Even “Snowflake” Foundations Collect And Share Data On Agricultural Investments
This post was written by Gabriela Fitz, Director of Knowledge Management Initiatives at Foundation Centre. It is part of a blog series, where Initiative for Open Ag Funding partners share findings from their recent consultations with NGOs, donors, and foundations to understand the development community’s data needs and challenges in the agriculture and food security sector.
Join the conversation and learn more at: https://www.interaction.org/project/open-ag-funding/overview. The full reports from the consultations are available here.
Sometimes we hear philanthropic foundations described as “snowflakes.” They each have their own unique set of strategies, their own orientation towards change, their own impact measurements, their own proposal formats, and even their own unique language for describing the work they do, (as one foundation so succinctly told me, “ag funding isn’t just ag funding”).
But when we look past their – sometimes well-deserved, sometimes exaggerated – reputations for going-it-alone, we also see a number of commonalities in how foundations work and in how they use data and knowledge to support that work. It is these commonalities that are so important to the Initiative for Open Ag Funding, as they allow the initiative to make agricultural investment data more useful for all stakeholders.
First, foundations have a remarkably similar set of questions and knowledge needs when making decisions about where to grant money. Foundations want and need to know:
- Who else is funding on this topic and who are the implementers being funded?
- What kinds of activities are being funded and what approaches are other donors taking?
- Where are the current funding gaps and where could we make the greatest difference?
- What have other donors learned from their work to date and what should I be looking out for?
The similarities don’t stop there. Beyond sharing the need for similar data, foundations also share similar challenges in getting the data they need at the scale that is most useful to them. Currently, they face challenges in accessing granular-enough data about funding while at the same time lacking access to sufficient aggregate-level data about impact. Stakeholders described their frustration to us in the following ways:
”It’s easiest to find out who is funding on general thematic categories but, in terms of drilling down to the level of grantees, I find that piece a little harder. [Who] are the peer funders who are supporting the same people as we are? [That] is a little bit more piecemeal. I have to find it through conversations and meetings with peer funders and talking to grantees.”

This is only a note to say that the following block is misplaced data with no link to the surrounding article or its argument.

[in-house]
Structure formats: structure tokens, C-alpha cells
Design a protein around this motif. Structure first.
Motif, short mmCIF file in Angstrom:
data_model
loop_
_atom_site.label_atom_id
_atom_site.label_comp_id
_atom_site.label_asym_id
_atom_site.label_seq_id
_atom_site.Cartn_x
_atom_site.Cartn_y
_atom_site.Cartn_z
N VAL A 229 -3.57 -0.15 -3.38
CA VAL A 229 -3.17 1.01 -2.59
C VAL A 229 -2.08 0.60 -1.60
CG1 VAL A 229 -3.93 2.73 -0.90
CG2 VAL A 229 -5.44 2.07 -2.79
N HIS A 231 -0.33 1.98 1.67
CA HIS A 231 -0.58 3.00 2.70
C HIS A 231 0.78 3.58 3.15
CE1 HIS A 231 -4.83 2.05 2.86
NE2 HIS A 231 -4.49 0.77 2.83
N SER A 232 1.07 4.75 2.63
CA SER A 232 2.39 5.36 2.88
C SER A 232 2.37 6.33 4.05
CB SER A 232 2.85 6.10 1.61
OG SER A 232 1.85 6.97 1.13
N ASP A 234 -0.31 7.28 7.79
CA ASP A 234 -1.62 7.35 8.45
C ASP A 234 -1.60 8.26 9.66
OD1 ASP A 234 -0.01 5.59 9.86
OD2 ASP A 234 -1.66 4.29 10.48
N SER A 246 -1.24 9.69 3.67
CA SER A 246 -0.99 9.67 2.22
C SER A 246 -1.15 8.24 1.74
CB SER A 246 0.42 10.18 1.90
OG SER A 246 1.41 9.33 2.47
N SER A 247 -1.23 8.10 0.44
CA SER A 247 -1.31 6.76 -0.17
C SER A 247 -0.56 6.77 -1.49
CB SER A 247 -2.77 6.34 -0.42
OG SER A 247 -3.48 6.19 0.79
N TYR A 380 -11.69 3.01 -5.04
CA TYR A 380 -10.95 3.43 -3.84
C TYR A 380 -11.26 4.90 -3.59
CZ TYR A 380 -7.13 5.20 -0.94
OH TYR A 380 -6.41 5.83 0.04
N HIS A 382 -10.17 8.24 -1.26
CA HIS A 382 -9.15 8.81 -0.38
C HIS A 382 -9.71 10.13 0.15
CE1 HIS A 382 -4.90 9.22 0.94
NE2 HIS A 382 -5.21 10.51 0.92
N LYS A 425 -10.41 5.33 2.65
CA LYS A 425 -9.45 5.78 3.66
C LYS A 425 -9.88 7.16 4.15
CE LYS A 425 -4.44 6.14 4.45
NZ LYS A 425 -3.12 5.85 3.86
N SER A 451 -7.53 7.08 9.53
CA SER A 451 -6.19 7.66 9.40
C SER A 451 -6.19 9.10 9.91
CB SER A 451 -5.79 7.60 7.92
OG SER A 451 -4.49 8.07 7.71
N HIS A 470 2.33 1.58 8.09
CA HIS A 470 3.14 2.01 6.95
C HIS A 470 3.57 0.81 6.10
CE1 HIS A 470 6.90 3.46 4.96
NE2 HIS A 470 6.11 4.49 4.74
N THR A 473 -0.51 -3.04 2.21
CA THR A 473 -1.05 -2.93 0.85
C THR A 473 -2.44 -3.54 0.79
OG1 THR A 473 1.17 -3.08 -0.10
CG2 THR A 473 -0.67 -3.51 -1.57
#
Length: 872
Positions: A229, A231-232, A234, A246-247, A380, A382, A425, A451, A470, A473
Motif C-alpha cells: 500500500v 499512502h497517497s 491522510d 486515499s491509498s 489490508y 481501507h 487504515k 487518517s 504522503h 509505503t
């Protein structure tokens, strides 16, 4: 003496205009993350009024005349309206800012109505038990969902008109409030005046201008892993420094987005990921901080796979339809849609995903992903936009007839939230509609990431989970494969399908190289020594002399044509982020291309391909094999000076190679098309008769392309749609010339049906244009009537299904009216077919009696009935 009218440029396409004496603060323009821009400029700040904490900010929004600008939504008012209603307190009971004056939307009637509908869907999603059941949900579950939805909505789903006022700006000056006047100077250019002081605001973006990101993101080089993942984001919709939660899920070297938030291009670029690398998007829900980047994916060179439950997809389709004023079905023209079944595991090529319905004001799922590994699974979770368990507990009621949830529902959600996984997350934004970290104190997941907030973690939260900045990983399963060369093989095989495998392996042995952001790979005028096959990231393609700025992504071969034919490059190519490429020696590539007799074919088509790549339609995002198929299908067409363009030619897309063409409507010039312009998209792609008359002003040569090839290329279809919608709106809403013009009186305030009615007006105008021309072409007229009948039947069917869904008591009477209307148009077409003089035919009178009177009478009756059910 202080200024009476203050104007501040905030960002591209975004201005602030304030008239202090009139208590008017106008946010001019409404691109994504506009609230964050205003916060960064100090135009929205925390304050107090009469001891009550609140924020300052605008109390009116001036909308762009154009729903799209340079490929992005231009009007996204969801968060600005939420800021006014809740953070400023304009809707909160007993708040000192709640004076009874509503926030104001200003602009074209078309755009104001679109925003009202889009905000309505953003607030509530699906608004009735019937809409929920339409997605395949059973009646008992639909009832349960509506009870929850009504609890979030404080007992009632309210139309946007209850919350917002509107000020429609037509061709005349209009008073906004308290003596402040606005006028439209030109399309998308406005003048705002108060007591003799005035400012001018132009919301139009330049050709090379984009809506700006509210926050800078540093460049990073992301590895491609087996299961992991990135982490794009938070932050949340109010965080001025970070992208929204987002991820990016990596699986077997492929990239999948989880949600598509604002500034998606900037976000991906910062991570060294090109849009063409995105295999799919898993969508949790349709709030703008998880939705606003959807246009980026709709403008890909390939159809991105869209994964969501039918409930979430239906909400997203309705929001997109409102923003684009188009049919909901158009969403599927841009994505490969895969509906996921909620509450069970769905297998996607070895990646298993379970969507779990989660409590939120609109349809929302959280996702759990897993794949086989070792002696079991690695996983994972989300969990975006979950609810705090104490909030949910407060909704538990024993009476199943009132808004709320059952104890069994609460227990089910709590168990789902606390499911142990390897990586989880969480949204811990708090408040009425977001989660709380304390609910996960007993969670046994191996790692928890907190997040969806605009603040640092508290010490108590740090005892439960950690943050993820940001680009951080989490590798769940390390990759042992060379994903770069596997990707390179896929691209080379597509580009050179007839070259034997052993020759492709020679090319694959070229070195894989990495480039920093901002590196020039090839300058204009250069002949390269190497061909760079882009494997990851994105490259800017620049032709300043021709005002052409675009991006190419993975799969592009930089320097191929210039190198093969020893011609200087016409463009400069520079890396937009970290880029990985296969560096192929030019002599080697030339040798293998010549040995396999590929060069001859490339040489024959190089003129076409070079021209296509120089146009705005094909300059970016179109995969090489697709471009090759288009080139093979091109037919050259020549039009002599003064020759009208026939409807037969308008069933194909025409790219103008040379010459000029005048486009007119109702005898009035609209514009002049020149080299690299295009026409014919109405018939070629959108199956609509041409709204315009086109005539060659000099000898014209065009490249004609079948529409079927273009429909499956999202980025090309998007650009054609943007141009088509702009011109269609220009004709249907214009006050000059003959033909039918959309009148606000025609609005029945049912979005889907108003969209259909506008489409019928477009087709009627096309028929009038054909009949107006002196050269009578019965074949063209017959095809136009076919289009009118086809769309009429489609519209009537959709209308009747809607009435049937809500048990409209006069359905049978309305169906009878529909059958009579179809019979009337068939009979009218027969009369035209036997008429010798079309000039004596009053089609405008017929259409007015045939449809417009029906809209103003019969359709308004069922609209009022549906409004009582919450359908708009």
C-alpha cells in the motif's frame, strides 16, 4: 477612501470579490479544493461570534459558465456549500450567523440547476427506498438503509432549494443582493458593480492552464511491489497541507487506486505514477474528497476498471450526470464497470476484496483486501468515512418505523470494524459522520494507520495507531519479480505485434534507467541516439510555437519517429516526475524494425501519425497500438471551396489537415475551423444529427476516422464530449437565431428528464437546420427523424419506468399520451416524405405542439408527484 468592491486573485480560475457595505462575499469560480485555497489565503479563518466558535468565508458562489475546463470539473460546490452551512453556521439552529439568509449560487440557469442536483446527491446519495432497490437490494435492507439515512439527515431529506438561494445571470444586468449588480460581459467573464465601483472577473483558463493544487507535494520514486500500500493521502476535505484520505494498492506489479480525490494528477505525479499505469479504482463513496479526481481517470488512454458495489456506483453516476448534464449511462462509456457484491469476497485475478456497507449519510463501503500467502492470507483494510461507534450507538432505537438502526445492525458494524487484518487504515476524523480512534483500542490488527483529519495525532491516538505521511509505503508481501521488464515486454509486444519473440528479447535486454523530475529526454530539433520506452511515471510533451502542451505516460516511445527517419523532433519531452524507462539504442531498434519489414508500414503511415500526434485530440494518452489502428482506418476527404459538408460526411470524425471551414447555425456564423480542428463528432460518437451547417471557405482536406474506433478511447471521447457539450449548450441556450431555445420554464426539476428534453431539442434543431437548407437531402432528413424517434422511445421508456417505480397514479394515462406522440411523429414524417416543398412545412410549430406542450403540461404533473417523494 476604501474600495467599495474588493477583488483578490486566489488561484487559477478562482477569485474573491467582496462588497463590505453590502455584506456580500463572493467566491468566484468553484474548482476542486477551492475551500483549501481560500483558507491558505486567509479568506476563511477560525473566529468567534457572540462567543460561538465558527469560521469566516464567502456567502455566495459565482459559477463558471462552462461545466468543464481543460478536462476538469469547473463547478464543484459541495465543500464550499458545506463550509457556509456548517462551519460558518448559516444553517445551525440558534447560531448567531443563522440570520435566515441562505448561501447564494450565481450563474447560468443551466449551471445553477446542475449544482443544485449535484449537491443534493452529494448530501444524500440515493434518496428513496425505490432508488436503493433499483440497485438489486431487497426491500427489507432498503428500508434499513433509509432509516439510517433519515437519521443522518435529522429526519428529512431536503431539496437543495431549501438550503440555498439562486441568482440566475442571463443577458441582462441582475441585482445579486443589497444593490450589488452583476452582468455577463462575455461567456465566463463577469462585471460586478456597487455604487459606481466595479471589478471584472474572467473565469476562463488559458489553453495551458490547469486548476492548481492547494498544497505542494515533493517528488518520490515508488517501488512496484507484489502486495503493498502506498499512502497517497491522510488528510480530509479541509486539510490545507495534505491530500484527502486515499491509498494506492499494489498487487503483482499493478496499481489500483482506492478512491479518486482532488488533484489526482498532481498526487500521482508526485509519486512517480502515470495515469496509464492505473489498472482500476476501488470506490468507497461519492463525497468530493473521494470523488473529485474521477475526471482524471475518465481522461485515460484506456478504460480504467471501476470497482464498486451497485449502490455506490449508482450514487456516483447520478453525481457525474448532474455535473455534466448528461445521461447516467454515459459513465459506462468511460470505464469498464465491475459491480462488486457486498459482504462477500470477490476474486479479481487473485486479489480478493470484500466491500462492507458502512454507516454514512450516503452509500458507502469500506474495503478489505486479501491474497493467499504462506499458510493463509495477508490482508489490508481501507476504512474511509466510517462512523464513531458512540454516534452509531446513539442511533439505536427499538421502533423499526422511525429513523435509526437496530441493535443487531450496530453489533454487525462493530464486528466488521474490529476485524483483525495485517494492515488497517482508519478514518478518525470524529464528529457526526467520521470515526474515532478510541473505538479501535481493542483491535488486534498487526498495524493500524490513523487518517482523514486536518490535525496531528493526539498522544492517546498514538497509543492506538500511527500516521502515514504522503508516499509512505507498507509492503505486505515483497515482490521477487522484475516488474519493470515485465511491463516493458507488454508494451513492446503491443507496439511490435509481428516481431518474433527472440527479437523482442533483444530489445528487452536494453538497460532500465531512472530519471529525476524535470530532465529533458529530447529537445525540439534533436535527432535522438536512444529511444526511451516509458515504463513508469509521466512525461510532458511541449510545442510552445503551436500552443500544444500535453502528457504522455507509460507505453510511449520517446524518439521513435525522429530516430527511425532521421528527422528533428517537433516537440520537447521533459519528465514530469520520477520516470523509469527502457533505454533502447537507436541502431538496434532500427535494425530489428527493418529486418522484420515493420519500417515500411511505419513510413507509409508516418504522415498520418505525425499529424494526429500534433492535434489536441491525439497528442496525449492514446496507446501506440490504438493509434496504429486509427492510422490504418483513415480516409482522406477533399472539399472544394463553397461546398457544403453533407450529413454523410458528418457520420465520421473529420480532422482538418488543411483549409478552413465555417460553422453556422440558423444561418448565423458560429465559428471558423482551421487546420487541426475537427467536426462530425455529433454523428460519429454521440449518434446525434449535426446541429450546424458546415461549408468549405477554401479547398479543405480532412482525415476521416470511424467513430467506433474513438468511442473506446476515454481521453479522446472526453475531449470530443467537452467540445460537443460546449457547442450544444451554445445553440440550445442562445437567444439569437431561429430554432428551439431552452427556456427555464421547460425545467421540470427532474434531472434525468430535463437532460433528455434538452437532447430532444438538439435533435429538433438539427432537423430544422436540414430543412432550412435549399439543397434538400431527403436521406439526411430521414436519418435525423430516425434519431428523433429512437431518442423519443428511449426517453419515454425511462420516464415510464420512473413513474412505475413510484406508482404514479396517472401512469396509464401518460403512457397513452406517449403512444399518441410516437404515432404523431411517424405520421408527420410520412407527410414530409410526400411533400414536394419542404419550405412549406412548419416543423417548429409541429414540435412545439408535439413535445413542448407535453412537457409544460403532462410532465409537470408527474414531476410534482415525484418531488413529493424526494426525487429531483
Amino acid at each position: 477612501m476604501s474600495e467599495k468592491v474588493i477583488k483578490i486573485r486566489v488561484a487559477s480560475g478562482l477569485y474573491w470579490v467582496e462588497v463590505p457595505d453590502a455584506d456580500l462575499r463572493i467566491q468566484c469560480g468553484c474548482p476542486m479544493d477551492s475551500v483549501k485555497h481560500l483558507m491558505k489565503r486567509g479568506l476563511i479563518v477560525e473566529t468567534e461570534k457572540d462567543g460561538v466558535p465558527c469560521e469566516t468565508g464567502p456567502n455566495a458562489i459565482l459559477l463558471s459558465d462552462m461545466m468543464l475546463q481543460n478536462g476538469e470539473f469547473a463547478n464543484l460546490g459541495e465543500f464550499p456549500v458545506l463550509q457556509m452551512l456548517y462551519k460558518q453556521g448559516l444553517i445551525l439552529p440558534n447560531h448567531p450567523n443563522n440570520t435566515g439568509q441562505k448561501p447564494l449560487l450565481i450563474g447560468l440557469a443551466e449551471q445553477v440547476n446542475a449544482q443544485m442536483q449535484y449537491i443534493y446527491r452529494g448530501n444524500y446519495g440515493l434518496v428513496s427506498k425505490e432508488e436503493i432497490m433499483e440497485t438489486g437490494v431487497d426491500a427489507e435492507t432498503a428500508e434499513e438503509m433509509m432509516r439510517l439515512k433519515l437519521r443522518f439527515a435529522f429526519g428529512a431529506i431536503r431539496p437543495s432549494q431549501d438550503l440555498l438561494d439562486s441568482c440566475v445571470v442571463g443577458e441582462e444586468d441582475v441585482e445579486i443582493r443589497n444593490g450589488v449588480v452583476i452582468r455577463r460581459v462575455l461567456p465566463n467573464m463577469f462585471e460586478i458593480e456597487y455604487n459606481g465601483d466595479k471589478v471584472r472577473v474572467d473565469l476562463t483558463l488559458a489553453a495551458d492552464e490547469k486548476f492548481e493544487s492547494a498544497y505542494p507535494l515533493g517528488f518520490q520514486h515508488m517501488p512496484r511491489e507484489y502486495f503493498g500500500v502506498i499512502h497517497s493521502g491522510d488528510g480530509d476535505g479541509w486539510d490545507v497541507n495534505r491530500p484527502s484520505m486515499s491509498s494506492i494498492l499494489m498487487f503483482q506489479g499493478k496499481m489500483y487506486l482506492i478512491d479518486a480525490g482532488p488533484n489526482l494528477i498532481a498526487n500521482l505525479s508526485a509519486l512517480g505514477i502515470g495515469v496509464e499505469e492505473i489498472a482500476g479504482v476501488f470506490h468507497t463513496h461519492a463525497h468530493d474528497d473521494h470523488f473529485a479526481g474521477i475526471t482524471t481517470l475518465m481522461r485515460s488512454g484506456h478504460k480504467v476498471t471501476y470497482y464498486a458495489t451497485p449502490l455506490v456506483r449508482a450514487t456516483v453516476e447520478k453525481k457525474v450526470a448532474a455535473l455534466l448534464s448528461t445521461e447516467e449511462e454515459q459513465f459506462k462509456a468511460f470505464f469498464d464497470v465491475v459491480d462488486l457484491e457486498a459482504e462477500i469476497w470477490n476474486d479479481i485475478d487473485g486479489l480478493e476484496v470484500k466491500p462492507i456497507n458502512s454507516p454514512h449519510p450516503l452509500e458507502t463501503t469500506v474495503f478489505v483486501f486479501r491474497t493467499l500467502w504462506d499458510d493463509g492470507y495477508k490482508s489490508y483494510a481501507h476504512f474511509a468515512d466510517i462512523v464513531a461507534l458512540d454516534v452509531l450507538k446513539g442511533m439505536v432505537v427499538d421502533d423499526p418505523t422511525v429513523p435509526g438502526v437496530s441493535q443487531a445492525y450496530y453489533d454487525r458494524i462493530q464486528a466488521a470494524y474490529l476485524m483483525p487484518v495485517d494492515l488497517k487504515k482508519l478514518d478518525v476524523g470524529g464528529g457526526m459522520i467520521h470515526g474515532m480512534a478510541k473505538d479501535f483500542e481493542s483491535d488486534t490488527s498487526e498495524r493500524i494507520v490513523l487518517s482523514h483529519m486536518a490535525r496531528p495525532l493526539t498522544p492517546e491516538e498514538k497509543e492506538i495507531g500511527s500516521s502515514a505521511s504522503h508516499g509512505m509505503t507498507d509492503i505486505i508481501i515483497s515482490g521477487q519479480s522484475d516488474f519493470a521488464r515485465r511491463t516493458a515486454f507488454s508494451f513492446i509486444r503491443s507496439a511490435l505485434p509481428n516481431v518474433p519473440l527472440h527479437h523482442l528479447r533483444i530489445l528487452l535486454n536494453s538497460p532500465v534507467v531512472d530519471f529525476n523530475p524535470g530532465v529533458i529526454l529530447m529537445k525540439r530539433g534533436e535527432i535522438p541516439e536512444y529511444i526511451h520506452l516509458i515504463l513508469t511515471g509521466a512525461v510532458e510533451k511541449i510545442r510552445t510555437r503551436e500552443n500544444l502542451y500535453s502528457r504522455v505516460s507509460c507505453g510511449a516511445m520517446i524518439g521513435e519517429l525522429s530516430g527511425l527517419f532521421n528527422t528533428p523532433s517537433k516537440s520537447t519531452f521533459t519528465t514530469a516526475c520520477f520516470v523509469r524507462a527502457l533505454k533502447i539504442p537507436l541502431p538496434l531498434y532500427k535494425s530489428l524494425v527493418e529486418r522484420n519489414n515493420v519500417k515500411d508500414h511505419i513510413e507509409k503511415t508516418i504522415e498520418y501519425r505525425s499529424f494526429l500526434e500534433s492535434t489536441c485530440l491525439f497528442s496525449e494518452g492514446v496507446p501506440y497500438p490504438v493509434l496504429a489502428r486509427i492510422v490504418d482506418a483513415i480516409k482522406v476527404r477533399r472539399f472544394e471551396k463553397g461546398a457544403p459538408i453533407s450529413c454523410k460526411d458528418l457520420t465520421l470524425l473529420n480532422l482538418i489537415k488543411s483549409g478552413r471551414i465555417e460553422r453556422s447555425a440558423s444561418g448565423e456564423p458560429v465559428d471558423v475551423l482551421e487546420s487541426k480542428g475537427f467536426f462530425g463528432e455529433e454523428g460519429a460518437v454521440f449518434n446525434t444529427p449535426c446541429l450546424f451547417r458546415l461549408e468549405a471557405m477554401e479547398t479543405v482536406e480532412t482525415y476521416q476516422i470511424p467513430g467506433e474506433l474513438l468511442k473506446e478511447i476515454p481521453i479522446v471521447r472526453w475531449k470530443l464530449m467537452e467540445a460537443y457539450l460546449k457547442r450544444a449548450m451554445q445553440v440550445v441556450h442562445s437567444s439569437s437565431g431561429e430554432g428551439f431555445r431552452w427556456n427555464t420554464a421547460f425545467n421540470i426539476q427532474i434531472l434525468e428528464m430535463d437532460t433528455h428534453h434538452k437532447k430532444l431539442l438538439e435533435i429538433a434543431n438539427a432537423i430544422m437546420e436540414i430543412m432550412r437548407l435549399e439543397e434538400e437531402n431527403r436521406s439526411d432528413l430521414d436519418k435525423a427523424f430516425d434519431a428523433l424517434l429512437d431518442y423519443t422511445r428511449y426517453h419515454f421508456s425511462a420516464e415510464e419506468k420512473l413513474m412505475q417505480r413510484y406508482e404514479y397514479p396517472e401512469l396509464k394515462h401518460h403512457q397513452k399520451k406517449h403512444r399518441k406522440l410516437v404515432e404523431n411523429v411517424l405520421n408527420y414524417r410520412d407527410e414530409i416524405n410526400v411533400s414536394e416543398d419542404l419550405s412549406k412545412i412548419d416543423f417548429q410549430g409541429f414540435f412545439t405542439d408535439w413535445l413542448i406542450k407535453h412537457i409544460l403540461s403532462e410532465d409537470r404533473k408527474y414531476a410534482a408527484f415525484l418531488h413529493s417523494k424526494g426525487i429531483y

“From my experience the aggregate level data in terms of dollar amounts is more robust than the drilling down and the regularity in terms of grantee organisations. Being able to do analysis of which funders have dropped or increased funding across time in X region, analyses beyond the aggregate, is not always totally apparent.”
In the end though, the thing that may be the biggest driver for improving the way we collect and share data on agricultural investment – even more than similar data needs or similar frustrations – is that, despite their uniqueness, foundations are increasingly motivated to coordinate their efforts with those of other donors. In one of our stakeholder conversations a participant summarised this motivation as follows:
“Knowing what other donors are funding is becoming more important because foundations are wanting to do more to leverage their resources, collaborating to leverage more change and impact.”
From land sovereignty issues to transportation infrastructure to market demand for specific crops, foundations don’t just want to coordinate with other foundations or donors across different parts of a complex system; they need to coordinate. In some sense it is this basic commonality, the need for greater awareness and coordination across complex systems, which underpins the growing need for aggregate and disaggregate data that can be compared, analysed, and shared. “Snowflakes” maybe, but ones that recognise the power of a blizzard.